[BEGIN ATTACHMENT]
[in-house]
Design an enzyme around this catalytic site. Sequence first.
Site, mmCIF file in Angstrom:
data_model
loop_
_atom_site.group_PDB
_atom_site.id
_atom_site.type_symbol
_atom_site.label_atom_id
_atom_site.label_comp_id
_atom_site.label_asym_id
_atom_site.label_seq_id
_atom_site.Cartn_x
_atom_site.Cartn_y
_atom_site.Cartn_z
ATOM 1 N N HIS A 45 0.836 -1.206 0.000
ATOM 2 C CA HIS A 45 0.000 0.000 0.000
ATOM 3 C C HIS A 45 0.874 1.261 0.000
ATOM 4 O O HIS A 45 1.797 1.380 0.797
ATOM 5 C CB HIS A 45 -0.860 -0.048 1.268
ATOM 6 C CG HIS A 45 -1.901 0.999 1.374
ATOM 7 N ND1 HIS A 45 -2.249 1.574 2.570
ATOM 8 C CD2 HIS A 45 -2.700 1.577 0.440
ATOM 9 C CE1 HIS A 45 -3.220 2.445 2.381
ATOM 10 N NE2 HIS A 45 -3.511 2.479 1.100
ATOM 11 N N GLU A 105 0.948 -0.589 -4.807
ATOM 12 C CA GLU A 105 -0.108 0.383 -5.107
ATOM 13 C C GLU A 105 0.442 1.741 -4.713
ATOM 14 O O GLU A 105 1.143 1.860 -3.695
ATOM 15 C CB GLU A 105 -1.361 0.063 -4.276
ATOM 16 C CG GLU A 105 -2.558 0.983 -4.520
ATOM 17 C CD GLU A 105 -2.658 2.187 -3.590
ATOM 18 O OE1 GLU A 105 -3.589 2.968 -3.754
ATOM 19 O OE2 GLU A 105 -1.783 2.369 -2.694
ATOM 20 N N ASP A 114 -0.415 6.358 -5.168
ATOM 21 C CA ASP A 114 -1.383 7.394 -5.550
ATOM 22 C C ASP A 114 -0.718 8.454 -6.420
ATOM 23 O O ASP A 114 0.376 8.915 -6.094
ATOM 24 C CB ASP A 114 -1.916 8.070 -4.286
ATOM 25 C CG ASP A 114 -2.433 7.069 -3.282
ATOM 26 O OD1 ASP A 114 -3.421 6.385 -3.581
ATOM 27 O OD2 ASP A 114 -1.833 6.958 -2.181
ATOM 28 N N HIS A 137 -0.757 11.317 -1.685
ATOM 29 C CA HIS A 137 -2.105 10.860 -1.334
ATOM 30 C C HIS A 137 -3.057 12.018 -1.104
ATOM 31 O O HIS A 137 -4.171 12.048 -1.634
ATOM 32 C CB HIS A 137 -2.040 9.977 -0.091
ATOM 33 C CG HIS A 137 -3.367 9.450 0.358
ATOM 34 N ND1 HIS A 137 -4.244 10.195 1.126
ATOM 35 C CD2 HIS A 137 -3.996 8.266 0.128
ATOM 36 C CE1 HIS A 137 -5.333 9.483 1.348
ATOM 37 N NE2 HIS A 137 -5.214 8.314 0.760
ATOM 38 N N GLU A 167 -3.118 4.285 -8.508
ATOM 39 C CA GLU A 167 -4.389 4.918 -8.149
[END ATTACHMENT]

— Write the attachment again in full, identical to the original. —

[in-house]
Design an enzyme around this catalytic site. Sequence first.
Site, mmCIF file in Angstrom:
data_model
loop_
_atom_site.group_PDB
_atom_site.id
_atom_site.type_symbol
_atom_site.label_atom_id
_atom_site.label_comp_id
_atom_site.label_asym_id
_atom_site.label_seq_id
_atom_site.Cartn_x
_atom_site.Cartn_y
_atom_site.Cartn_z
ATOM 1 N N HIS A 45 0.836 -1.206 0.000
ATOM 2 C CA HIS A 45 0.000 0.000 0.000
ATOM 3 C C HIS A 45 0.874 1.261 0.000
ATOM 4 O O HIS A 45 1.797 1.380 0.797
ATOM 5 C CB HIS A 45 -0.860 -0.048 1.268
ATOM 6 C CG HIS A 45 -1.901 0.999 1.374
ATOM 7 N ND1 HIS A 45 -2.249 1.574 2.570
ATOM 8 C CD2 HIS A 45 -2.700 1.577 0.440
ATOM 9 C CE1 HIS A 45 -3.220 2.445 2.381
ATOM 10 N NE2 HIS A 45 -3.511 2.479 1.100
ATOM 11 N N GLU A 105 0.948 -0.589 -4.807
ATOM 12 C CA GLU A 105 -0.108 0.383 -5.107
ATOM 13 C C GLU A 105 0.442 1.741 -4.713
ATOM 14 O O GLU A 105 1.143 1.860 -3.695
ATOM 15 C CB GLU A 105 -1.361 0.063 -4.276
ATOM 16 C CG GLU A 105 -2.558 0.983 -4.520
ATOM 17 C CD GLU A 105 -2.658 2.187 -3.590
ATOM 18 O OE1 GLU A 105 -3.589 2.968 -3.754
ATOM 19 O OE2 GLU A 105 -1.783 2.369 -2.694
ATOM 20 N N ASP A 114 -0.415 6.358 -5.168
ATOM 21 C CA ASP A 114 -1.383 7.394 -5.550
ATOM 22 C C ASP A 114 -0.718 8.454 -6.420
ATOM 23 O O ASP A 114 0.376 8.915 -6.094
ATOM 24 C CB ASP A 114 -1.916 8.070 -4.286
ATOM 25 C CG ASP A 114 -2.433 7.069 -3.282
ATOM 26 O OD1 ASP A 114 -3.421 6.385 -3.581
ATOM 27 O OD2 ASP A 114 -1.833 6.958 -2.181
ATOM 28 N N HIS A 137 -0.757 11.317 -1.685
ATOM 29 C CA HIS A 137 -2.105 10.860 -1.334
ATOM 30 C C HIS A 137 -3.057 12.018 -1.104
ATOM 31 O O HIS A 137 -4.171 12.048 -1.634
ATOM 32 C CB HIS A 137 -2.040 9.977 -0.091
ATOM 33 C CG HIS A 137 -3.367 9.450 0.358
ATOM 34 N ND1 HIS A 137 -4.244 10.195 1.126
ATOM 35 C CD2 HIS A 137 -3.996 8.266 0.128
ATOM 36 C CE1 HIS A 137 -5.333 9.483 1.348
ATOM 37 N NE2 HIS A 137 -5.214 8.314 0.760
ATOM 38 N N GLU A 167 -3.118 4.285 -8.508
ATOM 39 C CA GLU A 167 -4.389 4.918 -8.149